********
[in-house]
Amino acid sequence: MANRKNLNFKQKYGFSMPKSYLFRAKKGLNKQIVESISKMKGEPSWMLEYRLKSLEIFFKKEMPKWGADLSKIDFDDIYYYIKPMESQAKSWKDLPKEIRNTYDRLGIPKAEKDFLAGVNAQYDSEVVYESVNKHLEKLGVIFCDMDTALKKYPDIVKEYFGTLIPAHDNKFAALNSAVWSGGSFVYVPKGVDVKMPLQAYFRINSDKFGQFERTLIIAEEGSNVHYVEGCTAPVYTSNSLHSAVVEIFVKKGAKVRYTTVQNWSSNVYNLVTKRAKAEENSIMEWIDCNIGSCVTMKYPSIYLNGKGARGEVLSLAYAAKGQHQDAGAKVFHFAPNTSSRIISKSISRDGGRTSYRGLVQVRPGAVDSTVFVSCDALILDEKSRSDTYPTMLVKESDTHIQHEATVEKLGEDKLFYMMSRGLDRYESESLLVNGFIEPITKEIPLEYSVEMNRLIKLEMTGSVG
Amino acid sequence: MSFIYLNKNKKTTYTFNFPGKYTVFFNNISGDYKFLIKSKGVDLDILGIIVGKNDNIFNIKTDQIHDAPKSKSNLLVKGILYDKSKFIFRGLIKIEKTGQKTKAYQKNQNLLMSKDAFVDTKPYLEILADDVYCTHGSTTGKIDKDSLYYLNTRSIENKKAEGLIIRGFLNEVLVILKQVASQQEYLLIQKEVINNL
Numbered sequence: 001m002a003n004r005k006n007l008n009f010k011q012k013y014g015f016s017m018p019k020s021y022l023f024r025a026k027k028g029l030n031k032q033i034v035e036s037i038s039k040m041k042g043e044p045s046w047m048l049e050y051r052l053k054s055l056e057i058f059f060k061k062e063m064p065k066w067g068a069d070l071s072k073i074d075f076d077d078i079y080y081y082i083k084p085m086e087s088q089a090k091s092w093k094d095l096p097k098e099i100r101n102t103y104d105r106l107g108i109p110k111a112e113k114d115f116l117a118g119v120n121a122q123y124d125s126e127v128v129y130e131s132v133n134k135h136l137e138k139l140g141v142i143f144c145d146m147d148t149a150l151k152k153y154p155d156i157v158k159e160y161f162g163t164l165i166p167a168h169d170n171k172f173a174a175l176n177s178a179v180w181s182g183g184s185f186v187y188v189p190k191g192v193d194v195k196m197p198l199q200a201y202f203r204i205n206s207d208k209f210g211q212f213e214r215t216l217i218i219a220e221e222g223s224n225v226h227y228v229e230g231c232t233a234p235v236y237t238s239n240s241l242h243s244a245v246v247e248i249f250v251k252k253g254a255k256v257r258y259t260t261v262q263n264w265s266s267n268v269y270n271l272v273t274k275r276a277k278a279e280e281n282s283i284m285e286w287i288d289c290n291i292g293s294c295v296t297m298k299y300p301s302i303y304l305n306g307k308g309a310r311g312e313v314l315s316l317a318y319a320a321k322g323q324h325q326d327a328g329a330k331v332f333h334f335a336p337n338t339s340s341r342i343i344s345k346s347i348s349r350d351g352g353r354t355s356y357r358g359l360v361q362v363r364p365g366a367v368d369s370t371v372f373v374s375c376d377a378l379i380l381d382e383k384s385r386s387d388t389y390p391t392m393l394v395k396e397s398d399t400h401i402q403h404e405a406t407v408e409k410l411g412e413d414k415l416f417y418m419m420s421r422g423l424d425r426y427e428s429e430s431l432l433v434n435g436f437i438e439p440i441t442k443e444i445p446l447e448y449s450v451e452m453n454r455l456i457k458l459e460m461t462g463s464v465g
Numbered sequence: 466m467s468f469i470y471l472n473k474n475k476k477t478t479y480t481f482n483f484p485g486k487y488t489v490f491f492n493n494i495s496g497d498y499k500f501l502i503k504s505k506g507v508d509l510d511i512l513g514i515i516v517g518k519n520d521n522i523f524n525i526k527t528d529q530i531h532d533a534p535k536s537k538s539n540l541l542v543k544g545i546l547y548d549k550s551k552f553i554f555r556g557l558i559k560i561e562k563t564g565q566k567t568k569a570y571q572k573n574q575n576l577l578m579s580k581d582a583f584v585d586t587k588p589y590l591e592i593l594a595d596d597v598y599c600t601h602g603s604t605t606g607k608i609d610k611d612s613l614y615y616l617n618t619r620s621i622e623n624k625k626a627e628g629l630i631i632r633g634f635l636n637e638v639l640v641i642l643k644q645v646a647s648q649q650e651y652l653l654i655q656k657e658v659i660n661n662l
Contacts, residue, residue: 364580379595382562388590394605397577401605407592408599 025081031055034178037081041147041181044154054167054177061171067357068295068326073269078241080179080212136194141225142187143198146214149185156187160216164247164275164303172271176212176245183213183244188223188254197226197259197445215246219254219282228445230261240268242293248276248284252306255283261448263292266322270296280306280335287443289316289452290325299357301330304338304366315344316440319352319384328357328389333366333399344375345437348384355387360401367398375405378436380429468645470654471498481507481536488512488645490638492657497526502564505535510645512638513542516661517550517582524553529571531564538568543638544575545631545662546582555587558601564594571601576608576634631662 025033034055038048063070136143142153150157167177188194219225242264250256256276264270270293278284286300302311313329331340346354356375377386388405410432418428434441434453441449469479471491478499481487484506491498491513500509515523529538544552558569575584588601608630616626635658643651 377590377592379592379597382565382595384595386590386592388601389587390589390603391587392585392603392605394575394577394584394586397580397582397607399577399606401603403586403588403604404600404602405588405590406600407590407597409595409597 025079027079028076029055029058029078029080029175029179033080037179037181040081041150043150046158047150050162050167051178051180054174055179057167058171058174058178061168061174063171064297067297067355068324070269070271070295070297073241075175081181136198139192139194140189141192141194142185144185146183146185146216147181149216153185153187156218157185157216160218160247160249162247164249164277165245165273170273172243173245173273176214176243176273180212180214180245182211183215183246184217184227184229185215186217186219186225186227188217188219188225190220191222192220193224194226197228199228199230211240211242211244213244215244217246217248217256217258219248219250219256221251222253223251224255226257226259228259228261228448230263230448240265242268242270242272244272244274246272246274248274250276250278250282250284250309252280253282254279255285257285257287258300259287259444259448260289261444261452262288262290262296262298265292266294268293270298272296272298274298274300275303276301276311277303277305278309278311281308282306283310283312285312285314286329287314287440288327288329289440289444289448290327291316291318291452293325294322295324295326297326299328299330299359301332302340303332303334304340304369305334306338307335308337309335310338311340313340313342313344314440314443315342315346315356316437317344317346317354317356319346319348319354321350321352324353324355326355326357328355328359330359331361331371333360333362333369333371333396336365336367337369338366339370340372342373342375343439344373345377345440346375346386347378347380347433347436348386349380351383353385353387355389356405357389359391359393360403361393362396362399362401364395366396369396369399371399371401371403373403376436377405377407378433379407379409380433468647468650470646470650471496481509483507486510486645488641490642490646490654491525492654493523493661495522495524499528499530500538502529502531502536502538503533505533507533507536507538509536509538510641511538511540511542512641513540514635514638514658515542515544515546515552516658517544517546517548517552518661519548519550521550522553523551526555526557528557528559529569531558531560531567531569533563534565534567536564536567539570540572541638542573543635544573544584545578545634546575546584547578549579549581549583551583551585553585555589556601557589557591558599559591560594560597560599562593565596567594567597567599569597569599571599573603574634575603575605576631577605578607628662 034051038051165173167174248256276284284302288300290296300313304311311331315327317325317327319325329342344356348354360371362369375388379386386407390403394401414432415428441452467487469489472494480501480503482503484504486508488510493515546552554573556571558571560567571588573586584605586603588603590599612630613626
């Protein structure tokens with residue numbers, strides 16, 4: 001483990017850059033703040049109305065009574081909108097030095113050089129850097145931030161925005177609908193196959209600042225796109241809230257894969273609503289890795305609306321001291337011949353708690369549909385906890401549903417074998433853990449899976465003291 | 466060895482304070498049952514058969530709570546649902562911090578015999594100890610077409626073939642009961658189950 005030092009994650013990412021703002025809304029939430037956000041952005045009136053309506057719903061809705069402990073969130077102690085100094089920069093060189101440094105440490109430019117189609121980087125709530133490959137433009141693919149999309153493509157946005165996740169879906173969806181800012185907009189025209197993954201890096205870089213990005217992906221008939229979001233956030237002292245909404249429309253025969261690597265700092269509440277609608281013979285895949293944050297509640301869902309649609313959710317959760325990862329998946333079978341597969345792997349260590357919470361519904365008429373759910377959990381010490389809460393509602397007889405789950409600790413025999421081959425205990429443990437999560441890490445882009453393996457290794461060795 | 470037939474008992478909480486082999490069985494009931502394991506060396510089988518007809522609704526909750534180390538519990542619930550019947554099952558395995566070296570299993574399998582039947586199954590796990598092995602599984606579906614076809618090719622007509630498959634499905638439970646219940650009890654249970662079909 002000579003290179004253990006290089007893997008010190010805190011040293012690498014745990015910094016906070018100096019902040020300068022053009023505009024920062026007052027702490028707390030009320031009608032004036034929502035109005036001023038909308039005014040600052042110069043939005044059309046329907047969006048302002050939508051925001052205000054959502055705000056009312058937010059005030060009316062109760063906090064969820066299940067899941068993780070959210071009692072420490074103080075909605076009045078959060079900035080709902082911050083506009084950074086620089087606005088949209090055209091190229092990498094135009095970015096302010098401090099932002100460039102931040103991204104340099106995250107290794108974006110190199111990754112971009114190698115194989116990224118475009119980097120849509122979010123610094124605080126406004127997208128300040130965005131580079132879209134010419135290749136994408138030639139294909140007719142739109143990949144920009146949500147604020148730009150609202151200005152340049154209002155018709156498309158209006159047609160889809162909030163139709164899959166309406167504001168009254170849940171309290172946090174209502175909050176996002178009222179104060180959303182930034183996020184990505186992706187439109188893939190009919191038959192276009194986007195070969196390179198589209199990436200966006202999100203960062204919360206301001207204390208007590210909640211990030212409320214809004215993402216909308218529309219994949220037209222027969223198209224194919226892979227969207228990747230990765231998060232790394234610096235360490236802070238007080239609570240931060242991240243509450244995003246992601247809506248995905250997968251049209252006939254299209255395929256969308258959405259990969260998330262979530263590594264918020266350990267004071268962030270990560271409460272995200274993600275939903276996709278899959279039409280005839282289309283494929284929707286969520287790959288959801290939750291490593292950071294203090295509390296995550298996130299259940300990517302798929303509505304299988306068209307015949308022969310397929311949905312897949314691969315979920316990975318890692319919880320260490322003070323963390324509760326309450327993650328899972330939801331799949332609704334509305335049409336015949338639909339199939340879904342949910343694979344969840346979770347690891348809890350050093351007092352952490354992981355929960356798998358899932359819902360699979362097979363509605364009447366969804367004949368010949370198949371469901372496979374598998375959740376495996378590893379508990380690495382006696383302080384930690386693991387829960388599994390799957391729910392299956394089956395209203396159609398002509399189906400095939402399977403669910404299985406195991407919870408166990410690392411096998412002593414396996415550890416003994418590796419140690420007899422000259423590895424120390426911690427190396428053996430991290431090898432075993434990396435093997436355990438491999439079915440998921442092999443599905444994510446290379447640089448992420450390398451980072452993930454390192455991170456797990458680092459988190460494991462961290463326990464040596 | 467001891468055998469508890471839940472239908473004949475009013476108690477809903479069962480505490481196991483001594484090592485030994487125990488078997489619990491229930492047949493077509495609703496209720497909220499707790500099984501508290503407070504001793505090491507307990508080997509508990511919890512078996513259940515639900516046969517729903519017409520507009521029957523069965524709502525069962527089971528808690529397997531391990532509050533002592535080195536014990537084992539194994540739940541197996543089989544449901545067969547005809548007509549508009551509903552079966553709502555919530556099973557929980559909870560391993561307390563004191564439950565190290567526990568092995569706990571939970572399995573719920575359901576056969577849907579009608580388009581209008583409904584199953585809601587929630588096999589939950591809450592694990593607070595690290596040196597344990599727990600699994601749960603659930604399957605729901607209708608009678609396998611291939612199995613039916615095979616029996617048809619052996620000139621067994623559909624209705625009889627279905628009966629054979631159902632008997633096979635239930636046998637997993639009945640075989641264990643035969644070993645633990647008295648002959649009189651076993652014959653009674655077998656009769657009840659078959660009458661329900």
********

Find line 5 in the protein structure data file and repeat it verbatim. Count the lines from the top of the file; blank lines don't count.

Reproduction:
Numbered sequence: 466m467s468f469i470y471l472n473k474n475k476k477t478t479y480t481f482n483f484p485g486k487y488t489v490f491f492n493n494i495s496g497d498y499k500f501l502i503k504s505k506g507v508d509l510d511i512l513g514i515i516v517g518k519n520d521n522i523f524n525i526k527t528d529q530i531h532d533a534p535k536s537k538s539n540l541l542v543k544g545i546l547y548d549k550s551k552f553i554f555r556g557l558i559k560i561e562k563t564g565q566k567t568k569a570y571q572k573n574q575n576l577l578m579s580k581d582a583f584v585d586t587k588p589y590l591e592i593l594a595d596d597v598y599c600t601h602g603s604t605t606g607k608i609d610k611d612s613l614y615y616l617n618t619r620s621i622e623n624k625k626a627e628g629l630i631i632r633g634f635l636n637e638v639l640v641i642l643k644q645v646a647s648q649q650e651y652l653l654i655q656k657e658v659i660n661n662l